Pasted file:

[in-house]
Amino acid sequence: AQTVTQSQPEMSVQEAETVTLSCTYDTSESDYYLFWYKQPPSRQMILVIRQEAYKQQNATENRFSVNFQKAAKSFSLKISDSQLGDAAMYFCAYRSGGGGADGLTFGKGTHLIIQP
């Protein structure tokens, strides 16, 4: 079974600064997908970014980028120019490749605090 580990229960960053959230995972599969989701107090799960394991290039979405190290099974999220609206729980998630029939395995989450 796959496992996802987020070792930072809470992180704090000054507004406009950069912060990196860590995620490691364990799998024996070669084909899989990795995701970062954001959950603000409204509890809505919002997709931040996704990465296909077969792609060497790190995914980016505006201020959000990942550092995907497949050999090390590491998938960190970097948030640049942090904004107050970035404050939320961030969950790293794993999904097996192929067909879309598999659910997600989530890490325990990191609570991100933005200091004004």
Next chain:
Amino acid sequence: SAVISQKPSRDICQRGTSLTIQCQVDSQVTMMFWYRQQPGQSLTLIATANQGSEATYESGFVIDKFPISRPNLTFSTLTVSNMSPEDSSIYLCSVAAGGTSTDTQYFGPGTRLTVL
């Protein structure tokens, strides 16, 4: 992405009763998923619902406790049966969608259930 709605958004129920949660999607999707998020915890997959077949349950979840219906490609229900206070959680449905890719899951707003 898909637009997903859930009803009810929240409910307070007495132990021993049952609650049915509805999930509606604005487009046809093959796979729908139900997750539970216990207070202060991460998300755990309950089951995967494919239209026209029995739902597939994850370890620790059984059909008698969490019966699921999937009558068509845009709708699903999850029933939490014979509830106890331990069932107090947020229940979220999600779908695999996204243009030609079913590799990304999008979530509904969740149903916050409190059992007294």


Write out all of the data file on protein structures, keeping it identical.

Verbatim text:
[in-house]
Amino acid sequence: AQTVTQSQPEMSVQEAETVTLSCTYDTSESDYYLFWYKQPPSRQMILVIRQEAYKQQNATENRFSVNFQKAAKSFSLKISDSQLGDAAMYFCAYRSGGGGADGLTFGKGTHLIIQP
């Protein structure tokens, strides 16, 4: 079974600064997908970014980028120019490749605090 580990229960960053959230995972599969989701107090799960394991290039979405190290099974999220609206729980998630029939395995989450 796959496992996802987020070792930072809470992180704090000054507004406009950069912060990196860590995620490691364990799998024996070669084909899989990795995701970062954001959950603000409204509890809505919002997709931040996704990465296909077969792609060497790190995914980016505006201020959000990942550092995907497949050999090390590491998938960190970097948030640049942090904004107050970035404050939320961030969950790293794993999904097996192929067909879309598999659910997600989530890490325990990191609570991100933005200091004004």
Next chain:
Amino acid sequence: SAVISQKPSRDICQRGTSLTIQCQVDSQVTMMFWYRQQPGQSLTLIATANQGSEATYESGFVIDKFPISRPNLTFSTLTVSNMSPEDSSIYLCSVAAGGTSTDTQYFGPGTRLTVL
């Protein structure tokens, strides 16, 4: 992405009763998923619902406790049966969608259930 709605958004129920949660999607999707998020915890997959077949349950979840219906490609229900206070959680449905890719899951707003 898909637009997903859930009803009810929240409910307070007495132990021993049952609650049915509805999930509606604005487009046809093959796979729908139900997750539970216990207070202060991460998300755990309950089951995967494919239209026209029995739902597939994850370890620790059984059909008698969490019966699921999937009558068509845009709708699903999850029933939490014979509830106890331990069932107090947020229940979220999600779908695999996204243009030609079913590799990304999008979530509904969740149903916050409190059992007294």